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Friday, November 14, 2014

From the Willys to the Super Jeep, one company readies a Jeep museum

YAHOO AUTOS

Historic Jeep collection
                        
P.J. O’Rourke once described the Jeep as “a fitting instrument to transport the free people of a free nation with the respect to which we are entitled and the dignity that we deserve.”

 While this portrayal is a little poetic for such a pedestrian machine, the prose makes perfect sense when you consider the vehicle’s humble beginnings, transporting troops through the muck of World War II. Some 600,000 Jeeps proved their worth in the harshest possible environments.

Consequently, Jeeps quickly became a favorite among returning vets and other folks after the war who were looking for a tough little truck – whether they were interested in a workhorse for the farm or ranch, or simply a vehicle allowed them to take the road less traveled. Thus the legend of the Jeep was born.

Omix-ADA, one of the largest manufacturers and wholesale distributors of aftermarket replacement Jeep parts and Jeep accessories, is in the process of building the ultimate Jeep museum at its headquarters in Suwanee, Ga., just outside of Atlanta, to help preserve the heritage of this mighty mite.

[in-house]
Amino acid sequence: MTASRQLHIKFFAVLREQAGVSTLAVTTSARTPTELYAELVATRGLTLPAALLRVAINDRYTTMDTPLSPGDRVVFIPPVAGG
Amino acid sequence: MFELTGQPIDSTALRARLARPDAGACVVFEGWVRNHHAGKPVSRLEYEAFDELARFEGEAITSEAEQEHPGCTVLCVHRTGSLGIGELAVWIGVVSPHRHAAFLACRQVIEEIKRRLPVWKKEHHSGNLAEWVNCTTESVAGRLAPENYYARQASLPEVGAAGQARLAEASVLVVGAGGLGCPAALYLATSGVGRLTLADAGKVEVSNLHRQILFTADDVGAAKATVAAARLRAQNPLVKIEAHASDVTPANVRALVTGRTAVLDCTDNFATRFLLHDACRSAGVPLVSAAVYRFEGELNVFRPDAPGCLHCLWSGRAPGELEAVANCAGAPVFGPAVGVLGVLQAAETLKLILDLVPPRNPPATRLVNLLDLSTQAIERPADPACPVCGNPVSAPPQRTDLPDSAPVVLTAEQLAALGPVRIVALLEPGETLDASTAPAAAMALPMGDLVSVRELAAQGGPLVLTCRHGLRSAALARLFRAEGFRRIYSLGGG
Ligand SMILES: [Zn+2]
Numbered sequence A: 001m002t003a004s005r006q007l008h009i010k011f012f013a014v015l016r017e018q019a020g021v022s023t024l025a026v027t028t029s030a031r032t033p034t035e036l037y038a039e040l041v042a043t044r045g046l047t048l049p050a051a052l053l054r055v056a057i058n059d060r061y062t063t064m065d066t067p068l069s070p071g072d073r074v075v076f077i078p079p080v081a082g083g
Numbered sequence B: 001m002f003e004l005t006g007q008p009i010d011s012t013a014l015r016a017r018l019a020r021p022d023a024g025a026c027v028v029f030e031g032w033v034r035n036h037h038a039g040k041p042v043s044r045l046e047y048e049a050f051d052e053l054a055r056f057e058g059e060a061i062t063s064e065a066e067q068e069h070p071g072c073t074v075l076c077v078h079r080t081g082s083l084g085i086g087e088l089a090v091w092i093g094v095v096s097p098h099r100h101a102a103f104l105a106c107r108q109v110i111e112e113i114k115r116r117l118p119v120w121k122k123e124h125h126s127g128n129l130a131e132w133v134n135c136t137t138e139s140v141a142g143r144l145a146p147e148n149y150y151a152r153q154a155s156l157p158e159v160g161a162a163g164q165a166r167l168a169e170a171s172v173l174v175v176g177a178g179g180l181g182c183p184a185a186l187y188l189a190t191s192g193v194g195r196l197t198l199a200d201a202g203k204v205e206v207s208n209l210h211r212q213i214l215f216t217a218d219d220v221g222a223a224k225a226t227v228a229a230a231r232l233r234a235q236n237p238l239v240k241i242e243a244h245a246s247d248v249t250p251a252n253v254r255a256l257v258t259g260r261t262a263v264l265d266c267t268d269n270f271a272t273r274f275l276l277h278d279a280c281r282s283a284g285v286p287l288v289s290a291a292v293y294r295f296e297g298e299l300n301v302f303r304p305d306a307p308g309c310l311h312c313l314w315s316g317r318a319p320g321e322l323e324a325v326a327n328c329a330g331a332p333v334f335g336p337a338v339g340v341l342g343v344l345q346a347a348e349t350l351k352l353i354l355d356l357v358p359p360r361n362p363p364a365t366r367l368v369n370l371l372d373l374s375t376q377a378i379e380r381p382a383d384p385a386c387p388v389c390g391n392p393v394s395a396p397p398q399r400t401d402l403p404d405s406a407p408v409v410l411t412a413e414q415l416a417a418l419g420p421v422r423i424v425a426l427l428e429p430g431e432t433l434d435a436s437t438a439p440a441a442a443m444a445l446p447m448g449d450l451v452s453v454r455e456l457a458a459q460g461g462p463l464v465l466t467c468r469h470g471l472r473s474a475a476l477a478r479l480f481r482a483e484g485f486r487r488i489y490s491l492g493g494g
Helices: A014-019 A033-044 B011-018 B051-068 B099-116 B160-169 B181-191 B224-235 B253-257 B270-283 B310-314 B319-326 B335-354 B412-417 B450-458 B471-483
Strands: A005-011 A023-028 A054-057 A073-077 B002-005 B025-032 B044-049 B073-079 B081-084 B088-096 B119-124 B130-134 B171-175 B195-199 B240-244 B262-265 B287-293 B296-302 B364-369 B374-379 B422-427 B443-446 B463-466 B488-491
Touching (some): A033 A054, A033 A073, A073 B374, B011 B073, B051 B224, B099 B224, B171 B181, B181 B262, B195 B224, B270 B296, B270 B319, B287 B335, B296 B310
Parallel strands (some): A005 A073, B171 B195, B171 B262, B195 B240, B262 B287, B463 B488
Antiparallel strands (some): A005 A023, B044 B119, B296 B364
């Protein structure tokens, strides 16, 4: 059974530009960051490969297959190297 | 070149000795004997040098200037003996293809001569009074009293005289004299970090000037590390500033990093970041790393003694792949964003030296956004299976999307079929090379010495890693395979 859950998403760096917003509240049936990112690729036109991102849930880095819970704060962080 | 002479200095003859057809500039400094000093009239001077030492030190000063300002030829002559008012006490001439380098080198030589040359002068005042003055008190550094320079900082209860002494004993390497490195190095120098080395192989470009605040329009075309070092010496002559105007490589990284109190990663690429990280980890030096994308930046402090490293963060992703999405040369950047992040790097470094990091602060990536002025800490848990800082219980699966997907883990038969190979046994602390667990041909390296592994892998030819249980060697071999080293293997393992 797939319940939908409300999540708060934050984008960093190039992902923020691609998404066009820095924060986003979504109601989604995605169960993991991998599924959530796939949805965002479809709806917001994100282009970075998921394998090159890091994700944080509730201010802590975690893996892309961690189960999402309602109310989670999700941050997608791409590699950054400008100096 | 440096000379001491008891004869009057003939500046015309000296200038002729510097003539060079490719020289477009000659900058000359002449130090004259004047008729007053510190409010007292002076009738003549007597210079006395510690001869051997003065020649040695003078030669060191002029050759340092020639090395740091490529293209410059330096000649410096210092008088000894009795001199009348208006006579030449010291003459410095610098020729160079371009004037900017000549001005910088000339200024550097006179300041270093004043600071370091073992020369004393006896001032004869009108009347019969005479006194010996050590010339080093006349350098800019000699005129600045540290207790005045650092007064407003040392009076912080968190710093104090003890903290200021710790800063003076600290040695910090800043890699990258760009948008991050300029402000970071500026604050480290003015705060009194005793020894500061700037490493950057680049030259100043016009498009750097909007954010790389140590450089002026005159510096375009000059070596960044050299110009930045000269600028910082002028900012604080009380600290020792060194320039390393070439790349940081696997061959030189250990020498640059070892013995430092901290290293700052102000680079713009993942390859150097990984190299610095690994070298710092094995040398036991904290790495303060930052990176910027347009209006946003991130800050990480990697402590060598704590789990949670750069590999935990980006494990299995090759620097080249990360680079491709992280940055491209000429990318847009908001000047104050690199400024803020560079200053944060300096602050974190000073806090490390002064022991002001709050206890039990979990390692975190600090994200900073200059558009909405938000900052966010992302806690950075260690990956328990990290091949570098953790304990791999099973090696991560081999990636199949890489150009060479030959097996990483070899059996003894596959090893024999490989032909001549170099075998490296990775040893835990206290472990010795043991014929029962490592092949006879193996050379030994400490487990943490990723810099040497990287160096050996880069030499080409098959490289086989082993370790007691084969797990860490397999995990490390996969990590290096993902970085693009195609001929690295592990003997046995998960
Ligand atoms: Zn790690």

“We currently have 26 models, all unique, rare, and pristine example of Jeeps throughout the years,” says Dave Logan, product manager and master Jeep historian at Omix-ADA. “And we’re hoping to add a lot more in the near future.”

The museum isn’t randomly collecting, but rather deliberately looking for vehicles it doesn’t have. “For example, we found an M-677 crew cab, military FC forward cab pickup truck, online the other day,” says Logan.

 It’s rare because Jeep only made a few hundred of them, and it was originally equipped with a puny three-cylinder, two-stroke diesel engine.

“The mill was slow, blew smoke everywhere, wasn’t very powerful,” says Logan. “But there are three left in the world with the diesel engine. I not saying we’re going buy it, but it’s something we’re interested in.”

Click through the gallery above to see the highlights of the collection, and look for the museum opening in spring 2015.